River Network and WaterNow Alliance have been learning from successful community group/water system partnerships and are ready to support the development of new partnerships! We will select three community group/water system partnerships that have a shared commitment to growing their partnership and testing out the best practices. We will provide each partnership with $5,000 in funding support and with technical assistance.
Learn more and submit your proposal by January 29.
Join us for the second Virtual River Rally! Our engaging and fun virtual program will run for four empowering days, May 17-20, 2021. Featuring ‘live’ content including plenaries, workshops, discussions, and inspiring reflections from award recipients, along with access to a huge library of recorded workshops, opportunities to connect with peers, and an innovative new community platform that will connect the network for years to come. Registration opens Monday, January 11 – including scholarship applications and Emerging Leader Award self-nominations.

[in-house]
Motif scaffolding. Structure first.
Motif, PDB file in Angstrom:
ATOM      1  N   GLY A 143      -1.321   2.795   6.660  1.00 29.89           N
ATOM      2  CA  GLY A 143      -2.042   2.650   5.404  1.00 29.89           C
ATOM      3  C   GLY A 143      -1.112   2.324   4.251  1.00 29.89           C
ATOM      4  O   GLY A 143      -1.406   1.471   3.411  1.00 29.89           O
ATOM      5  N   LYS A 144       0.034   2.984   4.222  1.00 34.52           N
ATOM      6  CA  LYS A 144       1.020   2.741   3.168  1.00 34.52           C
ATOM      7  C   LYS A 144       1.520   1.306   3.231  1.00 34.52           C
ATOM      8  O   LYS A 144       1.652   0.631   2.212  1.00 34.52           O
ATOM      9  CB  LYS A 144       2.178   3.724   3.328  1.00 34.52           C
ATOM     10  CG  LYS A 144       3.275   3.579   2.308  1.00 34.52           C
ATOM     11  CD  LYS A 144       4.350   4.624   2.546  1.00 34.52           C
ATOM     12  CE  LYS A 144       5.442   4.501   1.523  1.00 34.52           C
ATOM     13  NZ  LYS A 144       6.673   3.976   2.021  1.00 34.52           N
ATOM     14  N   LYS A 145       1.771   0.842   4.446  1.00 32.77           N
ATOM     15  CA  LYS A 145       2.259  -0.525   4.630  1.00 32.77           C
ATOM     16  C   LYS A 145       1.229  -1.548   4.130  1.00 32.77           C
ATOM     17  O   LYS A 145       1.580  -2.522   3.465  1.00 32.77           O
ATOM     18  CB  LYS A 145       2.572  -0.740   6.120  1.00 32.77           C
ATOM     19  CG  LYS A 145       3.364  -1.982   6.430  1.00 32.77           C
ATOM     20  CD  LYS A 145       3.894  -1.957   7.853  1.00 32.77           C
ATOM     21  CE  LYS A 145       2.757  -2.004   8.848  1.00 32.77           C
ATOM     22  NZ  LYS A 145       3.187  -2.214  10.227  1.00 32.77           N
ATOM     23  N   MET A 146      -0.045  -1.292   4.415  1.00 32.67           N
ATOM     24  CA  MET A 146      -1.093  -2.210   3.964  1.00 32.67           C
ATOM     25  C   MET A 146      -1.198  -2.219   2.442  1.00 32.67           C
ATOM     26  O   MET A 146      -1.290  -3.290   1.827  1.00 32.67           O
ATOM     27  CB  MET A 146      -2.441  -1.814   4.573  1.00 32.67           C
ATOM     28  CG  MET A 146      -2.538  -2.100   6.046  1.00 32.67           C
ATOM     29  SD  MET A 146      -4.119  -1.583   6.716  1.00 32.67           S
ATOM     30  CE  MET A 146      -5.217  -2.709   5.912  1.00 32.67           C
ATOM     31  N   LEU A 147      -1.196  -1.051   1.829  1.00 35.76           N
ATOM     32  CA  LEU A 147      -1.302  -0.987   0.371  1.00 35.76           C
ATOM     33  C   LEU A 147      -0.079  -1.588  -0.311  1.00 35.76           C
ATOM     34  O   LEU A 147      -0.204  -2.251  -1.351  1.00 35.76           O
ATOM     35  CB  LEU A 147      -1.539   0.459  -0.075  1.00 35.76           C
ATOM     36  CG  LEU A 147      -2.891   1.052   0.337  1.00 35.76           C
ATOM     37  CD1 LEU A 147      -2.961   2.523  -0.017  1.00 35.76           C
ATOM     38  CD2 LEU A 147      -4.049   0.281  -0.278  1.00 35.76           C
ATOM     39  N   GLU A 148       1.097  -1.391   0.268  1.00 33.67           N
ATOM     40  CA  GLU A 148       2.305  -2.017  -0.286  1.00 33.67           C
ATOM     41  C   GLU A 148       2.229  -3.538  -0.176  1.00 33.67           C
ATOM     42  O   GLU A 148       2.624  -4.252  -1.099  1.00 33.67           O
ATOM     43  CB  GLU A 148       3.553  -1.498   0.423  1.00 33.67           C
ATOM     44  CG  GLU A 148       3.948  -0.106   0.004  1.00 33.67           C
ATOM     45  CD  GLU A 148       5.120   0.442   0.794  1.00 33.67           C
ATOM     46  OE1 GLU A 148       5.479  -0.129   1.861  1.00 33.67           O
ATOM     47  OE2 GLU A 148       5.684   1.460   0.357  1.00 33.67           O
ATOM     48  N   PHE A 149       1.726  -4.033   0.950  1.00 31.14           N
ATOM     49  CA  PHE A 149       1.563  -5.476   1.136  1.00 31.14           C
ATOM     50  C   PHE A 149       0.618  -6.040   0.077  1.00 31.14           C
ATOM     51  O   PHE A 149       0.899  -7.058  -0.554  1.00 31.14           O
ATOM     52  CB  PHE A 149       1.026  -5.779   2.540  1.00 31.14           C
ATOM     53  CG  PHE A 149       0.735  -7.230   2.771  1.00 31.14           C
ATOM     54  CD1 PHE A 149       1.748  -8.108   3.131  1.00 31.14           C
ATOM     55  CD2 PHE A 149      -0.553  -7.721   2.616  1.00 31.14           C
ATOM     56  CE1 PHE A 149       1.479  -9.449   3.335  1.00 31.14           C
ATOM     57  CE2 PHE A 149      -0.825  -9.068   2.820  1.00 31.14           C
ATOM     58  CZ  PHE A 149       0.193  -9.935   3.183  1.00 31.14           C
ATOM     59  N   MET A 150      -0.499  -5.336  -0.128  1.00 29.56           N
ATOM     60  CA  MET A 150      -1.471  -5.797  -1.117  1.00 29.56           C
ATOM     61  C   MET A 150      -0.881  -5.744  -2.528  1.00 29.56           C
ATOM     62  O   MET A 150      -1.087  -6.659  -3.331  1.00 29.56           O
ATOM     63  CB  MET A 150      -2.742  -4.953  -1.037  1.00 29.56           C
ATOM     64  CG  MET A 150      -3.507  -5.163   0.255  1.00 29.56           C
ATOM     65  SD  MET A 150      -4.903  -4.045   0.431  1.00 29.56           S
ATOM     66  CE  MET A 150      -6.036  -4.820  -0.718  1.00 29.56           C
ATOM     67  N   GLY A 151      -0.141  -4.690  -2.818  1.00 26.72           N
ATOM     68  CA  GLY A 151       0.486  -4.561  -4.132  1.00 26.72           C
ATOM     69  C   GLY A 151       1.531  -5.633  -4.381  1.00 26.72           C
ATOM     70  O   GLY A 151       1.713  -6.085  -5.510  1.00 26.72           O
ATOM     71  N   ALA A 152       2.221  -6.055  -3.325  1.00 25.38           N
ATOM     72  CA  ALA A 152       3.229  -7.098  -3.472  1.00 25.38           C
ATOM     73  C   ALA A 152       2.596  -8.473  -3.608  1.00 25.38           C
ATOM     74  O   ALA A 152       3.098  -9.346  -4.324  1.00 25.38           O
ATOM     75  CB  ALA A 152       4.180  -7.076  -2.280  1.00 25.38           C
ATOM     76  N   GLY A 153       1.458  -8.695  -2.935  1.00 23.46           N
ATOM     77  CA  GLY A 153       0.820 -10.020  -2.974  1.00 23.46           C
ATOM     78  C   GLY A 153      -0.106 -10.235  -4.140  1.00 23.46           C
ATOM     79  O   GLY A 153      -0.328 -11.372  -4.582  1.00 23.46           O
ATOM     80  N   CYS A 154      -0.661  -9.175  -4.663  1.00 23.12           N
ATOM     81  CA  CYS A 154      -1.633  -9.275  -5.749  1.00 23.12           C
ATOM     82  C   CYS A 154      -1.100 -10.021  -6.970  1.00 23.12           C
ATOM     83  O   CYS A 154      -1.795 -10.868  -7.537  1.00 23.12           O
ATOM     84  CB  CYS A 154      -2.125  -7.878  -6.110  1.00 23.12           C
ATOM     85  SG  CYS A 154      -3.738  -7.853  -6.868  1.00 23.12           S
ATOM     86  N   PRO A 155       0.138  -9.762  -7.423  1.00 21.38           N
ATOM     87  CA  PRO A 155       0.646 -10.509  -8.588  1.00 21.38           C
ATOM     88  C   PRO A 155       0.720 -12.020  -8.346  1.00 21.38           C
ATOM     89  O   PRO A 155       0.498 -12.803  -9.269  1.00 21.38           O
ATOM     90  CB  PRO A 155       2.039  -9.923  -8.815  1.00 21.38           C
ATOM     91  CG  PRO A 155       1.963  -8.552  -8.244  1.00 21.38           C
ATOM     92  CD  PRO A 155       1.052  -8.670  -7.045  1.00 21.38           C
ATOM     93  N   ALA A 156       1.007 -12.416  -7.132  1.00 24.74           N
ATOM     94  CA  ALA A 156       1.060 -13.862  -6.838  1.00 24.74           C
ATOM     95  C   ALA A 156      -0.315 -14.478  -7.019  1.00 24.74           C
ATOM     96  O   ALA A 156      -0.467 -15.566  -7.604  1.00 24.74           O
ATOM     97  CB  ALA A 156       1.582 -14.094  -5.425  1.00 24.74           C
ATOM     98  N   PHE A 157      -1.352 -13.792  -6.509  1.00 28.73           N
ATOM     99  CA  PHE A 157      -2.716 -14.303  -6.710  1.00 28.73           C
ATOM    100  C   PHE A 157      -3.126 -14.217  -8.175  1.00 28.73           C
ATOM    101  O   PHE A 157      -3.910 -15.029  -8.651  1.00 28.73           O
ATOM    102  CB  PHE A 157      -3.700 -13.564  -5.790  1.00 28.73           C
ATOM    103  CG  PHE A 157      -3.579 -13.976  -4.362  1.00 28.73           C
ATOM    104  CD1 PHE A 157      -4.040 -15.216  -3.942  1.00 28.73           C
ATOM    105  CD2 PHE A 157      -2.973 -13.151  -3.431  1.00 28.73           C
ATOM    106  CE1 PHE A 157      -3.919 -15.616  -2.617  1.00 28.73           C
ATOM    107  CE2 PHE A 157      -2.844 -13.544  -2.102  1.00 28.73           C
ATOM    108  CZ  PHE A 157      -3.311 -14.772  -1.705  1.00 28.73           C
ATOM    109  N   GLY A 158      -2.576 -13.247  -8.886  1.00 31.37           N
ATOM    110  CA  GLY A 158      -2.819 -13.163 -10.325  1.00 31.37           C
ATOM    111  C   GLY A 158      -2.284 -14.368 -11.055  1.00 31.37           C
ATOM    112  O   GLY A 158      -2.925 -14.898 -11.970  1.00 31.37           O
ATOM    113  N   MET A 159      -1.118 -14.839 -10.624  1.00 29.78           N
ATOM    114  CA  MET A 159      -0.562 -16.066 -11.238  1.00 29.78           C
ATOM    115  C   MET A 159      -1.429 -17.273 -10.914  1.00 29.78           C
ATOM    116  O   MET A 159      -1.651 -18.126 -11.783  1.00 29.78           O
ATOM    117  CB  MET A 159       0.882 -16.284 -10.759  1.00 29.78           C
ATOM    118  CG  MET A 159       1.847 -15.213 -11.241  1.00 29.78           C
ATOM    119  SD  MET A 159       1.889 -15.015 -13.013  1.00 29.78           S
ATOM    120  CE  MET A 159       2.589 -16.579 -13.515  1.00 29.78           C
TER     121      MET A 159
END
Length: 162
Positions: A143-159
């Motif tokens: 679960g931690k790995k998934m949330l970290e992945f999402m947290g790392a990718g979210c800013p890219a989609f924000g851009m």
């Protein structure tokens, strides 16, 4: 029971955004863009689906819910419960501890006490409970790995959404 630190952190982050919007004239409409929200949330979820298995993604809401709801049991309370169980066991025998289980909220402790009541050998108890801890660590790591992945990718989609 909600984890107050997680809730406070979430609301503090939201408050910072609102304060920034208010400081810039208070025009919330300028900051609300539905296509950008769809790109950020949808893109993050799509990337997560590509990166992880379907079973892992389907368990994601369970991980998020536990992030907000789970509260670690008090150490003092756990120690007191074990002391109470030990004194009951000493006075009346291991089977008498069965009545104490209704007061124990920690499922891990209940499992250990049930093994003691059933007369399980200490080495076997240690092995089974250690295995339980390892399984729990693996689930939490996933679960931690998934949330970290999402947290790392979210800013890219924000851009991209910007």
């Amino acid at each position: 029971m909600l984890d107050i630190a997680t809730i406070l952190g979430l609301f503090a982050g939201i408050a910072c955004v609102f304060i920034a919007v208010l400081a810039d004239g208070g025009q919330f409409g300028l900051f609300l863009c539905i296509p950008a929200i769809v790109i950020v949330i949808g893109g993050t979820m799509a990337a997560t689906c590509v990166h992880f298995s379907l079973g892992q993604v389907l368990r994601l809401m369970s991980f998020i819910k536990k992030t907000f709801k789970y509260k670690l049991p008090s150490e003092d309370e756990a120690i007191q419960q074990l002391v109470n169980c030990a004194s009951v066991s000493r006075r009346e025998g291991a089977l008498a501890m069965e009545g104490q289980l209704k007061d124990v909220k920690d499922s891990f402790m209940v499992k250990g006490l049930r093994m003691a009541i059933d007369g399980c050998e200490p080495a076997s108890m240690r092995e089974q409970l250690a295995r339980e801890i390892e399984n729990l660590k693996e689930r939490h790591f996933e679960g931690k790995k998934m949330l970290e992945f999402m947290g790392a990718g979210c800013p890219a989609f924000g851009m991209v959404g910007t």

Events & Learning Opportunities
Winter Roundtables: Building Online Connectivity
Wednesday, January 27, 12-1:30p ET
Learn about building online connections and a sense of community from experts across the Country. Staff affiliated with Groundwork USA, Alliance for the Chesapeake Bay, Urban Waters Learning Network, and River Network will share how we use our online platforms to build relationships, share knowledge, and expand our reach!
South Yuba River Citizens League’s 19th Annual Wild & Scenic Film Festival will take place as an entirely virtual experience. Presented online, the festival will still bring together another incredible selection of films to change your world. This year’s virtual experience will allow attendees from around the globe to join us for much of the same great programming Wild & Scenic has become known for.